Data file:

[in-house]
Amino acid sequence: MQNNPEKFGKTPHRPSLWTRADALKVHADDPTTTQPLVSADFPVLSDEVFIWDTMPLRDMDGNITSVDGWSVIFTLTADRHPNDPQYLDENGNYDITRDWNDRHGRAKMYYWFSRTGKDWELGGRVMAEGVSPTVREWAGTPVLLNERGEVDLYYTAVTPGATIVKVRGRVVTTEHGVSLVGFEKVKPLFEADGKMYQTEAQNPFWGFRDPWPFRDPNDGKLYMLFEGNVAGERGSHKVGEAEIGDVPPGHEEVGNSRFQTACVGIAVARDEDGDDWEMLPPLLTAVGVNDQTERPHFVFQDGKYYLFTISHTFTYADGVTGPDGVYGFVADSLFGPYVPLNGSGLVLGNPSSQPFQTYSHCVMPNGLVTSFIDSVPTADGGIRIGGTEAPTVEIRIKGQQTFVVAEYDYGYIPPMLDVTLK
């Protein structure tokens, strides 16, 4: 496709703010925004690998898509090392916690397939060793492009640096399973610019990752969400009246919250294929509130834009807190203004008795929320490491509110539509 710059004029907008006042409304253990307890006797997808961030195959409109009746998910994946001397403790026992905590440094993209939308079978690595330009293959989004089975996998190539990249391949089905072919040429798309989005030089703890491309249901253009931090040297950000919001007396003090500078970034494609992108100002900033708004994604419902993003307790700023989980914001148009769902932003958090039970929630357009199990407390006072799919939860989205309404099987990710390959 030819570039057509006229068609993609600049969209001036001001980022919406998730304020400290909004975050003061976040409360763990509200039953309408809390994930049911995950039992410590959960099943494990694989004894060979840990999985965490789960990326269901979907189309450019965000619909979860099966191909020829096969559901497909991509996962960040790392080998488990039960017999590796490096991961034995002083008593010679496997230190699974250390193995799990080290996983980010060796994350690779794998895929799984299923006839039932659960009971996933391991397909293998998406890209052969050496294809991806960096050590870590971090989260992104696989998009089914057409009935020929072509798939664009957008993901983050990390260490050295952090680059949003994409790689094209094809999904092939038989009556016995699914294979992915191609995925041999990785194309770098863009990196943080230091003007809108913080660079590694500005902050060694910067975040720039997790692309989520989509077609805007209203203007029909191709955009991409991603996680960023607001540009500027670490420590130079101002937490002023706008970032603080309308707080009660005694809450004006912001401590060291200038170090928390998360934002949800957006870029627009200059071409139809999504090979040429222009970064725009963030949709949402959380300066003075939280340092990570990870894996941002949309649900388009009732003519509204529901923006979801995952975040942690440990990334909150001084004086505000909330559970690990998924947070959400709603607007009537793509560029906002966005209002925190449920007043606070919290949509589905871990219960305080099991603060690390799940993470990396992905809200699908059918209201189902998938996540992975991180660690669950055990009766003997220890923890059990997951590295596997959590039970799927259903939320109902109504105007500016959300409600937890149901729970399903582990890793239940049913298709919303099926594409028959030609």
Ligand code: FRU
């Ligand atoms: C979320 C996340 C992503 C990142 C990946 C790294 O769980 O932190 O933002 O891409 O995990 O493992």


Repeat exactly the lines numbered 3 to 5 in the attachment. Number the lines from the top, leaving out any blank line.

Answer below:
């Protein structure tokens, strides 16, 4: 496709703010925004690998898509090392916690397939060793492009640096399973610019990752969400009246919250294929509130834009807190203004008795929320490491509110539509 710059004029907008006042409304253990307890006797997808961030195959409109009746998910994946001397403790026992905590440094993209939308079978690595330009293959989004089975996998190539990249391949089905072919040429798309989005030089703890491309249901253009931090040297950000919001007396003090500078970034494609992108100002900033708004994604419902993003307790700023989980914001148009769902932003958090039970929630357009199990407390006072799919939860989205309404099987990710390959 030819570039057509006229068609993609600049969209001036001001980022919406998730304020400290909004975050003061976040409360763990509200039953309408809390994930049911995950039992410590959960099943494990694989004894060979840990999985965490789960990326269901979907189309450019965000619909979860099966191909020829096969559901497909991509996962960040790392080998488990039960017999590796490096991961034995002083008593010679496997230190699974250390193995799990080290996983980010060796994350690779794998895929799984299923006839039932659960009971996933391991397909293998998406890209052969050496294809991806960096050590870590971090989260992104696989998009089914057409009935020929072509798939664009957008993901983050990390260490050295952090680059949003994409790689094209094809999904092939038989009556016995699914294979992915191609995925041999990785194309770098863009990196943080230091003007809108913080660079590694500005902050060694910067975040720039997790692309989520989509077609805007209203203007029909191709955009991409991603996680960023607001540009500027670490420590130079101002937490002023706008970032603080309308707080009660005694809450004006912001401590060291200038170090928390998360934002949800957006870029627009200059071409139809999504090979040429222009970064725009963030949709949402959380300066003075939280340092990570990870894996941002949309649900388009009732003519509204529901923006979801995952975040942690440990990334909150001084004086505000909330559970690990998924947070959400709603607007009537793509560029906002966005209002925190449920007043606070919290949509589905871990219960305080099991603060690390799940993470990396992905809200699908059918209201189902998938996540992975991180660690669950055990009766003997220890923890059990997951590295596997959590039970799927259903939320109902109504105007500016959300409600937890149901729970399903582990890793239940049913298709919303099926594409028959030609």
Ligand code: FRU
């Ligand atoms: C979320 C996340 C992503 C990142 C990946 C790294 O769980 O932190 O933002 O891409 O995990 O493992």